Pig HealthCheck (PHC) is an Animal Health Ireland (AHI)-led programme co-funded by pig producers and the Department of Agriculture, designed to improve the profitability and sustainability of the sector through improved animal health and welfare. It comprises five components:
By bringing together these five key areas at farm level, the programme provides valuable information to the farmer, his/her veterinary practitioner and advisers that can be used to identify areas requiring improvement and guide agreement on targeted interventions.
Ultimately, coupled with benchmarking, this will help farmers to improve their production performance.
To achieve this, a database has been created that allows all data captured from the five programme components to be linked and analysed.
A series of dashboards for each component display farm data and benchmark this against other herds and national averages.
These are displayed in the PHC web application, which is accessible at https://www.pighealthcheck.ie or through the AHI website. This PHC web application is there for pig farmers to use. Please do so.
Benchmarking is always a good exercise. This is a measuring tool to indicate when appropriate action is needed.
Access for each individual farmer is password-protected. Individual farm data is also accessible to the attending private veterinary practitioner (PVP) nominated by the farmer using the Pig Herd Update Form (Option 4).
It is essential that each farm has a nominated PVP as this is a requirement to perform the herd’s TASAH assessments.
The AHI website has videos and guides for farmers on how to access and understand their data.
Bord Bia, in September 2021, updated its pig quality assurance standard to include a requirement for these farm biosecurity and animal welfare risk assessments to be carried out annually, along with the quarterly submission of AMU data to the Department’s database.
Good biosecurity is essential to keep disease out of herds and with the current situation with African swine fever in Europe there is a renewed focus on biosecurity.
The farm biosecurity assessments are done using the BiocheckUGent tool and delivered by PVPs.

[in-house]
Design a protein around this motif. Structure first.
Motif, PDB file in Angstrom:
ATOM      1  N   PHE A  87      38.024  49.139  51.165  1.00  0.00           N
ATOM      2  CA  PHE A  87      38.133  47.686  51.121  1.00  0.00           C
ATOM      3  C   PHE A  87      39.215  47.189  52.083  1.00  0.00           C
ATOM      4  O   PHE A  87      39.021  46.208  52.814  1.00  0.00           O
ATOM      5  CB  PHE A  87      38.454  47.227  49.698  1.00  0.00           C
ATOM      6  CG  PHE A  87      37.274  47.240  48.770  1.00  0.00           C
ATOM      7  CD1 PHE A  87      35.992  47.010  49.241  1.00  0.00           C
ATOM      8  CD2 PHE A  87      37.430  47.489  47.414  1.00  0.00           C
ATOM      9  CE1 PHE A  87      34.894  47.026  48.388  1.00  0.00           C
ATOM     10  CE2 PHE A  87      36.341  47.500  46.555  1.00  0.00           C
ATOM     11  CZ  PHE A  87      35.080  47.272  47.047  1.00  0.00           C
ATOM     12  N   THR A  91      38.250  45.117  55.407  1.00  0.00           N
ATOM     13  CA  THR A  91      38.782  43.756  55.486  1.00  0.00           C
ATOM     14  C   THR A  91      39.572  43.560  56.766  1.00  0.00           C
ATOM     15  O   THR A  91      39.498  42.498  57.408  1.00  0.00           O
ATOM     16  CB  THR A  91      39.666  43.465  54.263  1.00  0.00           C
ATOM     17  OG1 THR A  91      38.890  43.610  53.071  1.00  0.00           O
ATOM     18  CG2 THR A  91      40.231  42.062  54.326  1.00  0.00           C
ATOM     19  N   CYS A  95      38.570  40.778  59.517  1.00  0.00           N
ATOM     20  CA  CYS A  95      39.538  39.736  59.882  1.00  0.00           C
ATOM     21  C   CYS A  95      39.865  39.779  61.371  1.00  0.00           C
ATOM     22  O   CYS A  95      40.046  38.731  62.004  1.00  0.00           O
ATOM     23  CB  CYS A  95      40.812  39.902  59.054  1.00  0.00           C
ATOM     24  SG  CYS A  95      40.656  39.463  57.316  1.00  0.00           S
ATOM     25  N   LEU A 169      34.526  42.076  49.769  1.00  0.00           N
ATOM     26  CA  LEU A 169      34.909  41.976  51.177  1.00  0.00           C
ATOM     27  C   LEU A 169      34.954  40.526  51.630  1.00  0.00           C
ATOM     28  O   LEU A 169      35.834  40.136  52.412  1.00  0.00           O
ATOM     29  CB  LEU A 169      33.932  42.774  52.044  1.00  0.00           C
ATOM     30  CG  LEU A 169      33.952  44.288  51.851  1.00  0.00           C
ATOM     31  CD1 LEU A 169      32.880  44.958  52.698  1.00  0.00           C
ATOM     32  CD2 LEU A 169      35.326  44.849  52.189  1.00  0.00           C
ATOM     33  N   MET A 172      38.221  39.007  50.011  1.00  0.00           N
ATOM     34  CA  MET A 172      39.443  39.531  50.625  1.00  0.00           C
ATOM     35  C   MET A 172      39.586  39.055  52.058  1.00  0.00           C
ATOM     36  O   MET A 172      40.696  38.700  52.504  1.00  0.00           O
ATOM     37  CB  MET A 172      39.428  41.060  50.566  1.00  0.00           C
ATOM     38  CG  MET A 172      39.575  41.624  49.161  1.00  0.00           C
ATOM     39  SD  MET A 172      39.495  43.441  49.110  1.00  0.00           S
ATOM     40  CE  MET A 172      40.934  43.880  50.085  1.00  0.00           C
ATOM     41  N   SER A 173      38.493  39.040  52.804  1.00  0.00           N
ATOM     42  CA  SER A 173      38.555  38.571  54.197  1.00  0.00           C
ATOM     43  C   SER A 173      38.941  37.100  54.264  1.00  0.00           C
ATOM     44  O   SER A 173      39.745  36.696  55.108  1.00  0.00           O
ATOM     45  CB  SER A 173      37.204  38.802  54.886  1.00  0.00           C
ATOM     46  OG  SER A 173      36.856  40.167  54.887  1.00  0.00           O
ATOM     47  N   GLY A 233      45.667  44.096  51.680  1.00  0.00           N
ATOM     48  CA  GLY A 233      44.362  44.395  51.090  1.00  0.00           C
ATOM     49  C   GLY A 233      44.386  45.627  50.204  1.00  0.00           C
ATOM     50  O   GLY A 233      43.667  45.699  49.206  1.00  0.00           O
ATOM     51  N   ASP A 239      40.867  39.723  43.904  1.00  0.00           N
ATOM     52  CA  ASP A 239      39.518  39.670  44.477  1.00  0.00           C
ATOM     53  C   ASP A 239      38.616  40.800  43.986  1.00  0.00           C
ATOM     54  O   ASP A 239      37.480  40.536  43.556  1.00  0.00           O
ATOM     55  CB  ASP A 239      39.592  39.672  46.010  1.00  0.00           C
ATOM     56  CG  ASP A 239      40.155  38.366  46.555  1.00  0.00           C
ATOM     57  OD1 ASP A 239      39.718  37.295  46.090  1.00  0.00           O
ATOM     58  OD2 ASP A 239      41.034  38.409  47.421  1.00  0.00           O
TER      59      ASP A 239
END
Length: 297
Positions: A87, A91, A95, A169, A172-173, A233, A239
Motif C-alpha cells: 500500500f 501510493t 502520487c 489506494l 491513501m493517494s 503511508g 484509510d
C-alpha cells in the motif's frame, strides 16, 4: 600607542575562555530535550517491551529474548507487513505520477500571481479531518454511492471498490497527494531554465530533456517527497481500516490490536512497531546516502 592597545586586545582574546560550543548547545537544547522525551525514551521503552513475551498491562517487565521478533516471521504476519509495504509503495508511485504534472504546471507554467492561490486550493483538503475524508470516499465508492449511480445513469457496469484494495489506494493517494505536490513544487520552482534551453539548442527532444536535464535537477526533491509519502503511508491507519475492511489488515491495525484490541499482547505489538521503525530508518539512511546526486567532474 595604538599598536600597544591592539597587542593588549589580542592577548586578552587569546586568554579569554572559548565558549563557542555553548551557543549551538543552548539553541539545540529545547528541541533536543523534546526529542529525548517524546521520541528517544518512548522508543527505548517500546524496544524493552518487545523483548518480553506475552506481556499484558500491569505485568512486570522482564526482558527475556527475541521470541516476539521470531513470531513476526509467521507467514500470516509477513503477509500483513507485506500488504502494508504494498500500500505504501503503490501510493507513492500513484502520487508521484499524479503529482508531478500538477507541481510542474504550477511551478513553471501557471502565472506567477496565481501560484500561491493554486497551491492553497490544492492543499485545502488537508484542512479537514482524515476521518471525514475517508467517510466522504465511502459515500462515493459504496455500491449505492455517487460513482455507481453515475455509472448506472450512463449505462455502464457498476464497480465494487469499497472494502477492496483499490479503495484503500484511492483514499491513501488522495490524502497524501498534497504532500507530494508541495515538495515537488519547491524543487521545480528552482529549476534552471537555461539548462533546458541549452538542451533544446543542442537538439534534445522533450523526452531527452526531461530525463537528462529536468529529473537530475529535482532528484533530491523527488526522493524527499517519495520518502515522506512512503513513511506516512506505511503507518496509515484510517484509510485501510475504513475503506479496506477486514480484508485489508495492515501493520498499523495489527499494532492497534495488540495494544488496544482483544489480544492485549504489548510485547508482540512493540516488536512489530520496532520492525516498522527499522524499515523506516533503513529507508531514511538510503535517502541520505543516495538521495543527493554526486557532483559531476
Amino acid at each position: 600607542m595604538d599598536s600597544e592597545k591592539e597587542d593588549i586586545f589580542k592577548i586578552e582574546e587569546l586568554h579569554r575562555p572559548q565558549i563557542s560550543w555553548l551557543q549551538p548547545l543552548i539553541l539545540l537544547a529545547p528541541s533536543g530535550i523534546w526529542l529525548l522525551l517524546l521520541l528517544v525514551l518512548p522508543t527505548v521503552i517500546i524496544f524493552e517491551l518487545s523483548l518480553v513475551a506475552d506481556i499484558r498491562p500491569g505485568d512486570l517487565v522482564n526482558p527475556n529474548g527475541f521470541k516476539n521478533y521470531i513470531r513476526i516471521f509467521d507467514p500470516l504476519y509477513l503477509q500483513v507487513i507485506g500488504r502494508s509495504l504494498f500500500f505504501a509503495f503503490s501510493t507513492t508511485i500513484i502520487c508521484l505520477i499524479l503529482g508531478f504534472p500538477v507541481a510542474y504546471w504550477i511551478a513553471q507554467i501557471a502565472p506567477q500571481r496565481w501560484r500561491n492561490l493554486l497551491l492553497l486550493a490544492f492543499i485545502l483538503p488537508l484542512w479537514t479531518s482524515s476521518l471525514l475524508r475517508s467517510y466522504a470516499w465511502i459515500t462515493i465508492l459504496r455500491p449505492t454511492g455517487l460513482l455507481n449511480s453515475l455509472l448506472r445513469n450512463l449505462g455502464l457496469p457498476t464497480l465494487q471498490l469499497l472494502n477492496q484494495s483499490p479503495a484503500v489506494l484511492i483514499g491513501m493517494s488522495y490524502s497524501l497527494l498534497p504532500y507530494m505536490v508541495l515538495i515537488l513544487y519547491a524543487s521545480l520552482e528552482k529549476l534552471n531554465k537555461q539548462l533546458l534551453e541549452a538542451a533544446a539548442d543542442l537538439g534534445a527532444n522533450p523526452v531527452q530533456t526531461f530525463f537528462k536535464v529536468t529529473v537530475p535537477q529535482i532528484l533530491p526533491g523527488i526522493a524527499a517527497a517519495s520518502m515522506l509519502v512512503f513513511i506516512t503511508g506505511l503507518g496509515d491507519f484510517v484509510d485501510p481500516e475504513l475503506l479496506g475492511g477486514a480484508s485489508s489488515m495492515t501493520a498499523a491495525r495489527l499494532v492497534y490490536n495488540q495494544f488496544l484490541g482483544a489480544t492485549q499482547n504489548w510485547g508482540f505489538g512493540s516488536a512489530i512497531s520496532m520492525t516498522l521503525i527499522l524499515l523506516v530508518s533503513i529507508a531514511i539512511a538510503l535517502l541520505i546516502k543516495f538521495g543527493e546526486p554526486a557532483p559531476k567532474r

All measures taken to counteract the spread of pathogens within a farm are covered by internal biosecurity
In this tool a distinction is made between external and internal biosecurity. External biosecurity focuses on the contact points with the outside world and aims to prevent pathogens from entering or leaving the farm.
All measures taken to counteract the spread of pathogens within a farm are covered by internal biosecurity.
As of the end of September 2023, 384 units have been reviewed in terms of their biosecurity, with external biosecurity scoring higher (average of 82% in a score from 0% – poor to 100% – excellent) than internal biosecurity (average of 67%).
The areas where scores are typically lower (ie poorer biosecurity) are:
Of the 384 units assessed, 149 units have done at least three biosecurity assessments, with results showing an overall improvement in their internal, external and overall biosecurity scores between visits.
The current serological test for salmonella, using factory-collected samples, does not identify the strains of salmonella that may be present on farm.
There are many strains of salmonella that can affect human health but the serious serotypes, Salmonella Typhimurium (ST) and monophasic Salmonella Typhimurium (mST) are the two mostly associated with the consumption of pigmeat and are also the most problematic serotypes on pig farms where they are easily transmitted between pigs and humans.
A further issue is that many ST and mST strains display multiple drug resistance (ie they are resistant to at least three antibiotics).
Knowing the strain of salmonella present helps formulate a suitable “on farm control programme”.
Consequently, a funded TASAH has been created in the form of on-farm bacteriological tests that can identify the strains of salmonella specific to the farm, if it is present.
This Department-funded TASAH activity is free of charge and covers the bacteriological testing of faecal samples collected by the nominated PVP.
Agreed measures may include vaccination, specific hygiene programmes, external and internal biosecurity measures
Test results are confidential and remain between the farmer, the PVP and AHI, who manage the programme database and will be used to develop “farm-specific” control plans for salmonella which is drawn up by the PVP in agreement with the farmer in the same manner as dealing with other diseases present on the farm.
Agreed measures may include vaccination, specific hygiene programmes, external and internal biosecurity measures and other courses of action the PVP may suggest.
The implementation of this farm-specific control plan may come with additional costs.
However, these measures may also benefit the control of other diseases and the overall performance of the piggery.